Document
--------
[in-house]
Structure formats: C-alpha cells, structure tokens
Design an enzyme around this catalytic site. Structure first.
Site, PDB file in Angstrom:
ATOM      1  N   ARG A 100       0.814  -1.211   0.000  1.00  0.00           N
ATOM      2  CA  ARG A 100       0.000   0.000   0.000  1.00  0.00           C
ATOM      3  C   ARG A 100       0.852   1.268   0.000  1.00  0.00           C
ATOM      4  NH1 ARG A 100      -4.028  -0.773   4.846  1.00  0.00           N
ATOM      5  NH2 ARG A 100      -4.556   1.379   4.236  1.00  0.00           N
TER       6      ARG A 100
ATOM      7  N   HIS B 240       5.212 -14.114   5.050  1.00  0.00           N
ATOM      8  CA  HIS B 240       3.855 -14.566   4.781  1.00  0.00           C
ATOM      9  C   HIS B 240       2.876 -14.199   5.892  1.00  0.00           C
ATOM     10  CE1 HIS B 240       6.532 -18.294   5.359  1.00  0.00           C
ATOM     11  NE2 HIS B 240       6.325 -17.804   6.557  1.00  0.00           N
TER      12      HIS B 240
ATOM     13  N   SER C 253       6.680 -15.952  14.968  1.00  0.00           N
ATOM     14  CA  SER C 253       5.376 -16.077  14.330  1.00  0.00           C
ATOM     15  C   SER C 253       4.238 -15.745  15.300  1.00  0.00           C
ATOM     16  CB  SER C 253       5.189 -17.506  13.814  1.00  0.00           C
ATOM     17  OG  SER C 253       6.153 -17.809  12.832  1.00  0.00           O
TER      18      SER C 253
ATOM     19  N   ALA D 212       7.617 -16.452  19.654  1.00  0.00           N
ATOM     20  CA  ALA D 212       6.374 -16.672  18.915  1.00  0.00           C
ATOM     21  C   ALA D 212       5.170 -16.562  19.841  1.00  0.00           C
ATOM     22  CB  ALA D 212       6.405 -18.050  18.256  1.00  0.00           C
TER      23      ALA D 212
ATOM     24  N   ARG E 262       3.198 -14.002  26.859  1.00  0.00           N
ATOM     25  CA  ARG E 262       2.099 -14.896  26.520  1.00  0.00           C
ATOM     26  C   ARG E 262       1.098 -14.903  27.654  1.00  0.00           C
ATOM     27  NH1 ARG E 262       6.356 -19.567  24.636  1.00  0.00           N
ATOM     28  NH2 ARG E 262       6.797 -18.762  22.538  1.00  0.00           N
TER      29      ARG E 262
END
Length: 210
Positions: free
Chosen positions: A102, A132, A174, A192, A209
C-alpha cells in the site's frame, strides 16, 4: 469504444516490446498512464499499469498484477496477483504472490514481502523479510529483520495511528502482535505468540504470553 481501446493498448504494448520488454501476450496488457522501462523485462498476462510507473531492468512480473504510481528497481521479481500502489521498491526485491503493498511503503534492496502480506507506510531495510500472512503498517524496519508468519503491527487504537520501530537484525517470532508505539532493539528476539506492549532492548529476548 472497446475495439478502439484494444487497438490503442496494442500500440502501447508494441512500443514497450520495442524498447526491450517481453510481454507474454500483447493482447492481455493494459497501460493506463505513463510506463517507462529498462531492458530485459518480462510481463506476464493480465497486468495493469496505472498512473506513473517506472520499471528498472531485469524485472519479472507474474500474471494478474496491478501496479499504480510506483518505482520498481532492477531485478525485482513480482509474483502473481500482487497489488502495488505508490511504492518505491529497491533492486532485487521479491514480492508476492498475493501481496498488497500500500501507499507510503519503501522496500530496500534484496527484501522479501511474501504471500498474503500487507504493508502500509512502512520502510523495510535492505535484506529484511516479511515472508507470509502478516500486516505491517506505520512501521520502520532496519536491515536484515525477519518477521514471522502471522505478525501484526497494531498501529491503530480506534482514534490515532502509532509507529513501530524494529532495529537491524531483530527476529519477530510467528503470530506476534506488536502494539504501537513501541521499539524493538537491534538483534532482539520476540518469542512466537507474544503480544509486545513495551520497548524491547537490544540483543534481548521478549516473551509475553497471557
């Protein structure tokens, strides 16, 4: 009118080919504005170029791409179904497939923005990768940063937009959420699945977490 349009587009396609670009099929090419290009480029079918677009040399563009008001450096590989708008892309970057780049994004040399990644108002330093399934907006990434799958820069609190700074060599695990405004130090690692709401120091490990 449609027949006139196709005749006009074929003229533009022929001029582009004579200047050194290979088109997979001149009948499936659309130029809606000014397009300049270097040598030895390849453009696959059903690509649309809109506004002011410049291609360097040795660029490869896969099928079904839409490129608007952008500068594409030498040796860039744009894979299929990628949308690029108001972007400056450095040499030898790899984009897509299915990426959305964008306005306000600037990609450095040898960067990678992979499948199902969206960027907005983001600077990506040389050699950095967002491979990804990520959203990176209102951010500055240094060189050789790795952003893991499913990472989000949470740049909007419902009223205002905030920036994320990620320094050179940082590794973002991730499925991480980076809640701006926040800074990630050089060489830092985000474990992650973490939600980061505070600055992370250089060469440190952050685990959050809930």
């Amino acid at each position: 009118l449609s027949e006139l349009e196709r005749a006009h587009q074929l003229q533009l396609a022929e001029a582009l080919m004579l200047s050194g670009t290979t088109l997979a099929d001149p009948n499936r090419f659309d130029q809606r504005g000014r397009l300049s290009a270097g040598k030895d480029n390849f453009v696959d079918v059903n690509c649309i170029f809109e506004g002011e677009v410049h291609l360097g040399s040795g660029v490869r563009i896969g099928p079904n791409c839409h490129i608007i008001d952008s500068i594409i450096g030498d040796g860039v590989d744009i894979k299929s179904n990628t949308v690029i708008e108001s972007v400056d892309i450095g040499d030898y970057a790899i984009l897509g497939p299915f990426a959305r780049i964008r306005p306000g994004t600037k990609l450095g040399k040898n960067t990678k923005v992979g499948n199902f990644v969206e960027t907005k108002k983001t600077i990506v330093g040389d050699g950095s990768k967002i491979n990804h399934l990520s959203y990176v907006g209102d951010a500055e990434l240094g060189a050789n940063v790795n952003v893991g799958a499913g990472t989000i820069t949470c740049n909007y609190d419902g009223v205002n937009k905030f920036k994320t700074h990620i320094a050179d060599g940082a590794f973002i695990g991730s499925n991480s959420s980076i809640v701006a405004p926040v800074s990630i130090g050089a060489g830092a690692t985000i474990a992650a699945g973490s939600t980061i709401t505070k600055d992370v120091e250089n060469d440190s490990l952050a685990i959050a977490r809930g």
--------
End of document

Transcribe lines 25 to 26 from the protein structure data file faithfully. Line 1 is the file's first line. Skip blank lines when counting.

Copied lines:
ATOM     21  C   ALA D 212       5.170 -16.562  19.841  1.00  0.00           C
ATOM     22  CB  ALA D 212       6.405 -18.050  18.256  1.00  0.00           C